“[T]he forfeiture statute nowhere suggests that a court should delve into an individual defendant's personal finances,” and to do so “would be an exercise fraught with evidentiary difficulty ending in legal futility.” Moreover, even if the court could effectively make such calculations, doing so would not be appropriate in this case. As a courier for drugs and money, Levesque played an “essential” role in the conspiracy. Regardless of Levesque's pay, it was reasonable to hold her liable for the foreseeable proceeds of the conspiracy. Levesque admitted to distributing large quantities of marijuana for the conspiracy, and the government was quite conservative in calculating the value of these distributions, “[giving] Ms. Levesque the benefit of every doubt.” Finally, it was of no concern that “there is no sign that Ms. Levesque can begin to pay such a money judgment.” Money judgments run into the future, the court noted, so if the defendant “is fortunate in the future to legitimately come into money, the Government would have a right within certain constraints to extract its share of her good fortune.”
The district court sentenced Levesque to twenty-three months' imprisonment on March 7, 2008, and the forfeiture order became final three days later. Levesque timely appealed.
Levesque raises three challenges on appeal to the $3,068,000 forfeiture order. First, she renews her assertion that money judgments are impermissible under 21 U.S.C. § 853. Second, she argues that in light of the Supreme Court's intervening decision in Santos, the district court erred in calculating the forfeiture amount. Levesque argues that Santos requires that the “proceeds” forfeitable under § 853 be determined according to net profits rather than gross receipts. Third, she argues that the imposition of the forfeiture violates the Excessive Fines Clause of the Eighth Amendment.
Levesque's first argument is unavailing. As the district court properly noted, the law is clear that § 853 authorizes money judgments. United States v. Hall, 434 F.3d 42, 58-59 (1st Cir.2006); accord, e.g., United States v. Day, 524 F.3d 1361, 1377-78 (D.C.Cir.2008); United States v. Casey, 444 F.3d 1071, 1077 (9th Cir.2006).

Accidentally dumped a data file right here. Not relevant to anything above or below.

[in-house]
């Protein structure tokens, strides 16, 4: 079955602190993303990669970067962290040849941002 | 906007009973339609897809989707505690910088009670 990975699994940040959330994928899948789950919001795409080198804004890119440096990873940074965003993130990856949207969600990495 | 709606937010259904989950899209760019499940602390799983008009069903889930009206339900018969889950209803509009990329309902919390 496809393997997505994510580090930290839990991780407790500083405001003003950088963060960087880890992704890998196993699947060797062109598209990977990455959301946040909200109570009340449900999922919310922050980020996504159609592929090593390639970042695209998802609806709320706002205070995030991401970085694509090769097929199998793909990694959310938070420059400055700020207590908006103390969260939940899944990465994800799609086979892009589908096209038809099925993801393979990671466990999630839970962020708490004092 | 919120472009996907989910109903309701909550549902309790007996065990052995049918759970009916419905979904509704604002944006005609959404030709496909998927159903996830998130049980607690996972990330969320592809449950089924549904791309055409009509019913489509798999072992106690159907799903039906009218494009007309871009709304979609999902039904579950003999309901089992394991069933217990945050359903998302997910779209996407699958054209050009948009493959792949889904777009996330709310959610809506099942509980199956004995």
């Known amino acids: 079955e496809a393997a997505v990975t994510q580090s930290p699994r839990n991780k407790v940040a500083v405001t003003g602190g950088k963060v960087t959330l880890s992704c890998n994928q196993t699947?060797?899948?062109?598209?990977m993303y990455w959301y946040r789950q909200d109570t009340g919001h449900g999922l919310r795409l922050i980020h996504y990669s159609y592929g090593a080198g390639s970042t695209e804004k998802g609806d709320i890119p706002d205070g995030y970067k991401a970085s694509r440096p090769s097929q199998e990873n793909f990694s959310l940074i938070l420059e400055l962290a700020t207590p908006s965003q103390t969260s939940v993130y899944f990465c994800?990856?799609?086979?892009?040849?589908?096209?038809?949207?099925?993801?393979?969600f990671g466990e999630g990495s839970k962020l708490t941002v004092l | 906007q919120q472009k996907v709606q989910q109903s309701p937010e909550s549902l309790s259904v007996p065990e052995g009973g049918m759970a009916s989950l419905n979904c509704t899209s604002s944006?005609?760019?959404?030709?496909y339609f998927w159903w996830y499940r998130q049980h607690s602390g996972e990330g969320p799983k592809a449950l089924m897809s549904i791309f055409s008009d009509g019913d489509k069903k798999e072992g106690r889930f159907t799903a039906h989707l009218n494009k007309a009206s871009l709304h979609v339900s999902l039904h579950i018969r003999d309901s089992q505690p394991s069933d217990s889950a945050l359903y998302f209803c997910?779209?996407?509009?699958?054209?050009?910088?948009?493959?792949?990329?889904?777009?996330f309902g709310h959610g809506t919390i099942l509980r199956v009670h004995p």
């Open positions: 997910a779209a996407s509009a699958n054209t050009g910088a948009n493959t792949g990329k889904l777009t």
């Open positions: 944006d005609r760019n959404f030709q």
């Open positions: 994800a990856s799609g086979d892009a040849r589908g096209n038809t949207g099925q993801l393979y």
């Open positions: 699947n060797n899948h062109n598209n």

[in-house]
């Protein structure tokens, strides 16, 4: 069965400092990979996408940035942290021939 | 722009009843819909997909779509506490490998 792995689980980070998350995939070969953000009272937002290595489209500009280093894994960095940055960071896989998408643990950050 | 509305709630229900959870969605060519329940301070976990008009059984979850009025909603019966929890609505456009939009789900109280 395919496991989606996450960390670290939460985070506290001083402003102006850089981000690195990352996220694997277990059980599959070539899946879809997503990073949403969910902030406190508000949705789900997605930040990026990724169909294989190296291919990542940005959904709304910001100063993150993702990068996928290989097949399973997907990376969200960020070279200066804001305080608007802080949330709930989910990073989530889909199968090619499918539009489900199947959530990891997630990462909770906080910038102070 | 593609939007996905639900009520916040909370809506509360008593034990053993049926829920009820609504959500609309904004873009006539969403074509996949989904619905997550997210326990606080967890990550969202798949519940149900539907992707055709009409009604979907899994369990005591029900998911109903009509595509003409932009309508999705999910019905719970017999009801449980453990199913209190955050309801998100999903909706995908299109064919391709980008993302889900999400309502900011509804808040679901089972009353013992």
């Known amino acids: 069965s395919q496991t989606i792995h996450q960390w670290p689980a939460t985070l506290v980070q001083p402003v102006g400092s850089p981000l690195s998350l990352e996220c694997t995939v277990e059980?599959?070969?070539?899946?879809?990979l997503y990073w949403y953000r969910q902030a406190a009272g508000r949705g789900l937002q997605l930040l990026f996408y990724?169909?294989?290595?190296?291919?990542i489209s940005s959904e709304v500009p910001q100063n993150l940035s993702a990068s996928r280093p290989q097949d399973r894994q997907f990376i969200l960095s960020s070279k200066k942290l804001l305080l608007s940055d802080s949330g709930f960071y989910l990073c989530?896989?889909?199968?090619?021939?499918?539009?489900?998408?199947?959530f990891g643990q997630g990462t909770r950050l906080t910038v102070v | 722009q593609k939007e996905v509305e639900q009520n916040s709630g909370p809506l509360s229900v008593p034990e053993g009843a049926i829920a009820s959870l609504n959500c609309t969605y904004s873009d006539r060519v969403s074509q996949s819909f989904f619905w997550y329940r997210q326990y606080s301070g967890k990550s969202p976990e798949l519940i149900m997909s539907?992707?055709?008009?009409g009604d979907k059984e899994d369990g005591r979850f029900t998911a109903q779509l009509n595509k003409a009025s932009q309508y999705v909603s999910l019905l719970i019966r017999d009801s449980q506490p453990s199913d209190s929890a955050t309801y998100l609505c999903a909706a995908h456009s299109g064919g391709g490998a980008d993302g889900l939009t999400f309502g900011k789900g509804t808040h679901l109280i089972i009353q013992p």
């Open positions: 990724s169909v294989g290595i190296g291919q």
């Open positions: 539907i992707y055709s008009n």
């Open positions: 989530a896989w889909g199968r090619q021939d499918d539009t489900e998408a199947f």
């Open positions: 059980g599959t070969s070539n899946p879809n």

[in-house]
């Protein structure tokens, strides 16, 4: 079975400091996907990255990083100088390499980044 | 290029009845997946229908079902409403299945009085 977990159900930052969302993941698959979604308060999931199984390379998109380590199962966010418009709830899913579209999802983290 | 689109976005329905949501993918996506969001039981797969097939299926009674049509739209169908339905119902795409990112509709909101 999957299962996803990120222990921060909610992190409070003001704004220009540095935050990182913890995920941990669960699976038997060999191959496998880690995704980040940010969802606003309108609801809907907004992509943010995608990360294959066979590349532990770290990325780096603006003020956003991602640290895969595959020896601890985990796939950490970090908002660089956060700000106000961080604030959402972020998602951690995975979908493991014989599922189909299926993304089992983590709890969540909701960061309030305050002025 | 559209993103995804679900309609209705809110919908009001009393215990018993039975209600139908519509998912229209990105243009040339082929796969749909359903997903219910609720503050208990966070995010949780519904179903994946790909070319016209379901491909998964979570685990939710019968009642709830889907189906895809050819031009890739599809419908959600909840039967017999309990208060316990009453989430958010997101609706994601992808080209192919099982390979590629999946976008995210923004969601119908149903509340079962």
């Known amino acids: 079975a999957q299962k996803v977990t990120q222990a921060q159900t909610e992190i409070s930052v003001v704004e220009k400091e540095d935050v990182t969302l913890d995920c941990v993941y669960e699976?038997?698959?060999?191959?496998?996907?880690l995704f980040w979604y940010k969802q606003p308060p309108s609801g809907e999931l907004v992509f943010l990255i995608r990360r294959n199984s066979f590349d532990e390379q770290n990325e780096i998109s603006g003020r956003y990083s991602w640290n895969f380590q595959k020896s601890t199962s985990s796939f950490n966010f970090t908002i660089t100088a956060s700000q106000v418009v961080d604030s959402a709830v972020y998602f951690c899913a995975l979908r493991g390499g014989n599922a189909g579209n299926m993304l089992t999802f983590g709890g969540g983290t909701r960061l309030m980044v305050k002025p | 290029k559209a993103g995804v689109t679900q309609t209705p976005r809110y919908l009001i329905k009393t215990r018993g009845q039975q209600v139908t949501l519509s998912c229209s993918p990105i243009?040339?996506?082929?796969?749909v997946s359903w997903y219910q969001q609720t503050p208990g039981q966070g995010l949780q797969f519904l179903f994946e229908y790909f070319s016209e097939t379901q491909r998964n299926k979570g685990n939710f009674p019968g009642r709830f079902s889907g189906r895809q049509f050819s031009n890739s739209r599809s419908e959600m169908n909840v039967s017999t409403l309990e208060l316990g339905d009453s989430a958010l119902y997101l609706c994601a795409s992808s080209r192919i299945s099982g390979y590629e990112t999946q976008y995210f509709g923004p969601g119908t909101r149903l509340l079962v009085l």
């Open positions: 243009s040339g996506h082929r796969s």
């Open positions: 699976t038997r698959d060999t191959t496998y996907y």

Her second argument, regarding the definition of “proceeds” after Santos, requires more careful consideration. The federal drug forfeiture statute, 21 U.S.C. § 853, provides in relevant part that:
Any person convicted of a violation of this subchapter ․ punishable by imprisonment for more than one year shall forfeit to the United States ․ any property constituting, or derived from, any proceeds the person obtained, directly or indirectly, as the result of such violation․
Id. § 853(a) (emphasis added). In determining Levesque's forfeiture under this statute, the district court interpreted “proceeds” as receipts rather than profits. It calculated the forfeiture according to the gross retail value of the marijuana that Levesque transported, refusing to take into account the expenses associated in Levesque's distribution runs. The court's interpretation was supported by existing precedent. In United States v. Hurley, 63 F.3d 1 (1st Cir.1995), we explicitly rejected the argument that “proceeds” meant net profits in the forfeiture context.2 Id. at 21-22. We pointed to legislative history that explained that Congress chose “the term ‘proceeds' ․ in lieu of the term ‘profits' in order to alleviate the unreasonable burden on the government of proving net profits.” Id. at 21 (quoting S.Rep. No. 98-225, at 199 (1984), reprinted in 1984 U.S.C.C.A.N. 3182, 3382) (internal quotation marks omitted). We concluded that, in light of this and other considerations, “the broader definition of ‘proceeds' seems to us a rather easy call.” Id.
The question is whether this “easy call” remains as clear following the Supreme Court's decision in Santos. In Santos, the Court ruled, under the rule of lenity, that the term “proceeds” in the federal money-laundering statute, 18 U.S.C. § 1956(a)(1), should be interpreted as “profits” rather than “receipts,” at least when the predicate offense is an illegal lottery operation,3 18 U.S.C. § 1955. See Santos, 128 S.Ct. at 2025 (plurality opinion); id. at 2033-34 (Stevens, J., concurring in the judgment). Levesque urges that this ruling requires a similar interpretation of “proceeds” in 21 U.S.C. § 853. Such a conclusion would require the district court to recalculate its forfeiture determination and possibly to make further factual findings.
Levesque first called this court's attention to the newly decided Santos in her reply brief. The district court had no opportunity to consider it. The Supreme Court's decision in Santos was issued about half a year after the district court's preliminary order of forfeiture and a few days after Levesque submitted her opening brief in the present case. We raised the question at oral argument whether it would be preferable to have this issue addressed in the first instance by the district court. By letter dated October 15, 2008, the United States, in the best traditions of a federal prosecutor's office, informed this court it would consent to such a remand. Levesque similarly consented, in a letter dated October 16, 2008. Accordingly, we remand to the district court for consideration in the first instance of whether and to what extent the ruling in Santos affects the forfeiture determination in this case.